Anastasia Eggers graduated from the Design Academy Eindhoven in 2017. Eggers believes that it is urgent to speak about countries' identities and relationships using the medium of food – especially now, when European borders and the fragility of national food systems have become more evident through the COVID-19 restrictions and divisions are taking place within Europe with effects that are not yet clear. In the development year, she plans to deepen her research into the complexity of food and geopolitics. She is doing this by taking Dutch agriculture and food culture as a starting point to explore international trade relations, identity and the relationship between local and global. Eggers is working on two projects: 'Brexit Herring' about the North Sea as negotiating table in the context of Brexit, and 'Migrating Seasons' on migrant seasonal labour and the fragility of the food system. The first project follows three lines: 1. conversations with experts about Brexit policy and maritime law; 2. research into the Dutch herring tradition in collaboration with craftspeople; and 3. an ethnographic study into the crews on fishing boats. In the second project, she is carrying out ethnographic research by participating in the harvest. Resulting from this, she is designing a contemporary farmers' almanac, with new narratives about speculative rural festivities. Eggers is being guided by a trade strategist, graphic designer Benjamin Sporken and Dr Clemens Driessen from Wageningen University. Eggers plans to present 'Brexit Herring' during Dutch Design Week and at symposia. The outcome of 'Migrating Seasons' will be presented at Z33 in Hasselt.
Angeliki Diakrousi

Angeliki Diakrousi

Designer and artist Angeliki-Marina Diakrousi graduated from the Piet Zwart Institute in Rotterdam. In her practice, she relates to the invisible political and social impact of technology and examines how this manifests itself in the public domain, both urban and online. She sees technology not as neutral, but as a tool that reproduces bias and social injustice. In her design practice, she relates to a techno-feminist perspective, low-tech, hacking and open-source practices, political audio and radio art, critical architectural theory and experimental publishing. During the development year, Diakrousi will be collaborating on two projects, 'Hunting Mosquitoes' and 'WordMord', and aims to further develop her technical, programming and writing skills by attending relevant workshops. The applicant will be guided by curator and researcher Linnea Semmerling and another yet–to-be-selected artist. She is presenting her work and organizing work sessions at the Center for Art and Urbanistics ZK/U in Berlin, TENT and Varia in Rotterdam, Sonic Acts, TU Delft and the University of Thessaly, among others.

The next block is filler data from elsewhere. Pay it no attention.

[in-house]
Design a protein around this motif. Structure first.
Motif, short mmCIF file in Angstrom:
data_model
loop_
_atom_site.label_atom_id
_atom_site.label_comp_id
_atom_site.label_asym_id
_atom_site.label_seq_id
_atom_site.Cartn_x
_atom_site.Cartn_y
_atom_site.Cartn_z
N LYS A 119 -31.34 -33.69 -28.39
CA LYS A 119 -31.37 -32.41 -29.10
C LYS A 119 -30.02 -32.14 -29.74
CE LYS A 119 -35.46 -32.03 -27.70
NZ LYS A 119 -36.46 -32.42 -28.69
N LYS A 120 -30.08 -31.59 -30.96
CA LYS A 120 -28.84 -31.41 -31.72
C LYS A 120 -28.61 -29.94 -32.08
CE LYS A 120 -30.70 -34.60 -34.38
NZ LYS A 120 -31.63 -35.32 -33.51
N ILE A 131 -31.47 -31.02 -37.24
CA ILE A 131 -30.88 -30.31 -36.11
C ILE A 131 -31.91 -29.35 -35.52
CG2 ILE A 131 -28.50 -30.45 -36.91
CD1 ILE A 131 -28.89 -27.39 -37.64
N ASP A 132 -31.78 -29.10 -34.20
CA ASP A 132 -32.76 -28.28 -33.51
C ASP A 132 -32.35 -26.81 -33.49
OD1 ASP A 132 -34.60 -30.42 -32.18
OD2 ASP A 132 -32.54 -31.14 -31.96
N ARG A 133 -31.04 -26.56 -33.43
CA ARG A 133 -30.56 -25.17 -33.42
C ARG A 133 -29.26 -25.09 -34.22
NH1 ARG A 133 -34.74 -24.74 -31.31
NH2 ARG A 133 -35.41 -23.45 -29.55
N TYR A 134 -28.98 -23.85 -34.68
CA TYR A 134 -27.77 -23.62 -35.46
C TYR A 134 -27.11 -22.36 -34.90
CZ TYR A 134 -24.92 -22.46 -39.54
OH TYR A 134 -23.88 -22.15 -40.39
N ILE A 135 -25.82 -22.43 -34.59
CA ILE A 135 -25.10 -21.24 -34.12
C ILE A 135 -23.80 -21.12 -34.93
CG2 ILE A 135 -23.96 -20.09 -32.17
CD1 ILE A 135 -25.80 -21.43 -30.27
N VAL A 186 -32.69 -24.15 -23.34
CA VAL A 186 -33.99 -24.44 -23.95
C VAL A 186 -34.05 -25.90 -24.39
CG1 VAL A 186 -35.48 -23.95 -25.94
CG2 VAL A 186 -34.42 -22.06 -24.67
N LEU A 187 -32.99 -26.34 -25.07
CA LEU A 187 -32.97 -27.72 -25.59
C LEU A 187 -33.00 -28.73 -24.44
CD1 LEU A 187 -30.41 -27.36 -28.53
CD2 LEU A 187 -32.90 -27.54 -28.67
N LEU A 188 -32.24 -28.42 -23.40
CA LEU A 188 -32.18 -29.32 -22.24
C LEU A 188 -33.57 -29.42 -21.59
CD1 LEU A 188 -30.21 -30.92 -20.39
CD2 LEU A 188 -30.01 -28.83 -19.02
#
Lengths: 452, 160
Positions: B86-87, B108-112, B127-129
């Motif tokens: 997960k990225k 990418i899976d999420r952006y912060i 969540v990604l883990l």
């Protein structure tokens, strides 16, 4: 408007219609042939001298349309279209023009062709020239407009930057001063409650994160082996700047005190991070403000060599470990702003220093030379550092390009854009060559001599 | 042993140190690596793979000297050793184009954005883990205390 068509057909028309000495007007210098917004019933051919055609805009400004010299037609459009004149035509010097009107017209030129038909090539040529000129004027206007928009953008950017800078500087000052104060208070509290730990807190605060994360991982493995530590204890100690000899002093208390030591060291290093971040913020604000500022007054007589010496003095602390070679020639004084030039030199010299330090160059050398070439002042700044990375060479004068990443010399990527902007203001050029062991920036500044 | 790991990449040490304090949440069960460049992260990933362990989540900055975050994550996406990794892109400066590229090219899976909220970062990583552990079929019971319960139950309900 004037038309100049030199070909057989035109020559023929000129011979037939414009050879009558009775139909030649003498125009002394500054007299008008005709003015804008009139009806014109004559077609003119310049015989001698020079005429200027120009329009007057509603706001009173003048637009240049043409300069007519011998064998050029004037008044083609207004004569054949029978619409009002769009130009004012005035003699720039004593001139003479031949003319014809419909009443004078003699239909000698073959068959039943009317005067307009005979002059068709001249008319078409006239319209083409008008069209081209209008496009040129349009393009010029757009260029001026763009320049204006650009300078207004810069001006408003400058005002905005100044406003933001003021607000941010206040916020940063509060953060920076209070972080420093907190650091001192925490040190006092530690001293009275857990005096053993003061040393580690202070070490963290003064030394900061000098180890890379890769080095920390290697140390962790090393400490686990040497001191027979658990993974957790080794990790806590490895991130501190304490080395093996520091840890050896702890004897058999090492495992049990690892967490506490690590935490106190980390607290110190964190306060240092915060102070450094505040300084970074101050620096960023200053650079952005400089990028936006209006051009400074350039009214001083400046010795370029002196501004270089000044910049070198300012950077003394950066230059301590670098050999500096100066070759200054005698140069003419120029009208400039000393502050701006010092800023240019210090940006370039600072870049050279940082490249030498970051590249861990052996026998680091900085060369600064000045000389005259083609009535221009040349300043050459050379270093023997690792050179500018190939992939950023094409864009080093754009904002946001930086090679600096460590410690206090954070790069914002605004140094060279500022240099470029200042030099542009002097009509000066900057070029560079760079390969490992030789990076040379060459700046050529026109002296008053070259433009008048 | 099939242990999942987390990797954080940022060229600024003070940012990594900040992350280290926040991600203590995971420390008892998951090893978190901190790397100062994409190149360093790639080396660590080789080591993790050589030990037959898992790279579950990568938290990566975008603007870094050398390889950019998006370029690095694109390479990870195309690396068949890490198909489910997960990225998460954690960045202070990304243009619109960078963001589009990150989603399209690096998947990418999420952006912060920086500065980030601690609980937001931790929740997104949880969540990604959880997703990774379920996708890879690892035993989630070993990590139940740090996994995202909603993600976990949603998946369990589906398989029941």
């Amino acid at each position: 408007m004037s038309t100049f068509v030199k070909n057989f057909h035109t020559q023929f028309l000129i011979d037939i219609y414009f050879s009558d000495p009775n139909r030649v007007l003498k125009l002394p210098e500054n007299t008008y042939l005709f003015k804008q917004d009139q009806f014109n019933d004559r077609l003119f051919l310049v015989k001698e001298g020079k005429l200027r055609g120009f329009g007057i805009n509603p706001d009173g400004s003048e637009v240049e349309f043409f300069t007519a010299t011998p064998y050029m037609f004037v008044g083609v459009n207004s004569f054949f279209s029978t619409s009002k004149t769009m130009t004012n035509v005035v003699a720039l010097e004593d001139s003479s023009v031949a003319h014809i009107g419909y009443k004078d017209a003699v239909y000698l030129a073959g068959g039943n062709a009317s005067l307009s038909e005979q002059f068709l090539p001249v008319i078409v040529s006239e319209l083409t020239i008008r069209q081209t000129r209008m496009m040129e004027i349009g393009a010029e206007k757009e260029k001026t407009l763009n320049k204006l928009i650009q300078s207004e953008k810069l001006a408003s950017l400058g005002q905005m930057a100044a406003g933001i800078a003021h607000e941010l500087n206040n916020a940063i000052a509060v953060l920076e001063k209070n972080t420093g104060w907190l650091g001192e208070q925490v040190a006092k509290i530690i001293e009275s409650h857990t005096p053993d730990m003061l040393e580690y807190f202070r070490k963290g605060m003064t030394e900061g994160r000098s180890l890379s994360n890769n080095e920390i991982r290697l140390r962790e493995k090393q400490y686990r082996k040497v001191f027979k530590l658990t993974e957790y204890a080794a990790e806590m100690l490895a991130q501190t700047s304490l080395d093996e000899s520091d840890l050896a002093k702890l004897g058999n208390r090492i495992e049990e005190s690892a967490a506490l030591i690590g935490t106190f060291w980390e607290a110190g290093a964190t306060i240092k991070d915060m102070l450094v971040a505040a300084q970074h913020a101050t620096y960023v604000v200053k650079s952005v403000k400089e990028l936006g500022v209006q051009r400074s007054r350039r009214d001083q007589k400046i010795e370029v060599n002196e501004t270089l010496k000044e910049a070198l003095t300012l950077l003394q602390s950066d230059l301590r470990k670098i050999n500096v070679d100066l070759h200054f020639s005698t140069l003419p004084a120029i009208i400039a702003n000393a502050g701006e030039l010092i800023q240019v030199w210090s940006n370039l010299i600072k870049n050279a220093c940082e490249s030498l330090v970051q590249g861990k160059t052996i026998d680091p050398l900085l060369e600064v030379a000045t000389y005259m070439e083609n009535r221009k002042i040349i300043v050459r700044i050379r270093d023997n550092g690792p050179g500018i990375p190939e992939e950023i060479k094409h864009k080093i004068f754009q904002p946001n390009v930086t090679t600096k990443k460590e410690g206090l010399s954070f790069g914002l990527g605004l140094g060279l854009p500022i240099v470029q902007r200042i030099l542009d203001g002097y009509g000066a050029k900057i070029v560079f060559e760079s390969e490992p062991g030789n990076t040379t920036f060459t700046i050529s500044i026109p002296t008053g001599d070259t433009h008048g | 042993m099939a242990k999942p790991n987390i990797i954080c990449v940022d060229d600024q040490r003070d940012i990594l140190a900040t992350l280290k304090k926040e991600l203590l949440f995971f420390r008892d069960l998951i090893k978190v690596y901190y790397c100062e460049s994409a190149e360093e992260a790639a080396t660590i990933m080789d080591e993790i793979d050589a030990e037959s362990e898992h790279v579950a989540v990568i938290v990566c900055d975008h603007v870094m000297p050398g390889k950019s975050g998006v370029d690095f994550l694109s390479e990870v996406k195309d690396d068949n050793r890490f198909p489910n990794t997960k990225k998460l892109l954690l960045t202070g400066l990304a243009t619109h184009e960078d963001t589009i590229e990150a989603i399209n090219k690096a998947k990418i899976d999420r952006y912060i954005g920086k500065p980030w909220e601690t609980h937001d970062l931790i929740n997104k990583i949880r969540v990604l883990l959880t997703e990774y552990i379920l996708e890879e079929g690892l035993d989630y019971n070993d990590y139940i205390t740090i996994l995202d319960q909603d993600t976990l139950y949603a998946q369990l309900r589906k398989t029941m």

Anne Nieuwenhuijs

Anne Nieuwenhuijs

Anne Nieuwenhuijs graduated from the Academy of Architecture Amsterdam in 2018. With her studio Deltascapes, she designs spatial solutions based on the smallest particle in silt: clay. 'Vloeibaar Land' is a sequel to her graduation project. Nieuwenhuijs's aim with the project is to develop landscape scenarios and objects that influence the forces shaping the landscape at the boundary between water and land, stimulate biodiversity and create hospitable living conditions for many species. In this way, she aims to contribute to climate adaptation. To become a specialist in landscape productions, the designer is following three lines of learning during the development year: collecting raw materials to make products that interfere with natural dynamics, researching the properties of clay and designing a visual language and company mission for Deltascapes. For this purpose, she is taking courses in ceramics and soil chromatography, doing work placements with experts from various disciplines and entering into a collaboration with a creative communication agency. 'Vloeibaar Land' results in a number of clay objects that are presented in an exhibition.
Ant Eye

Ant Eye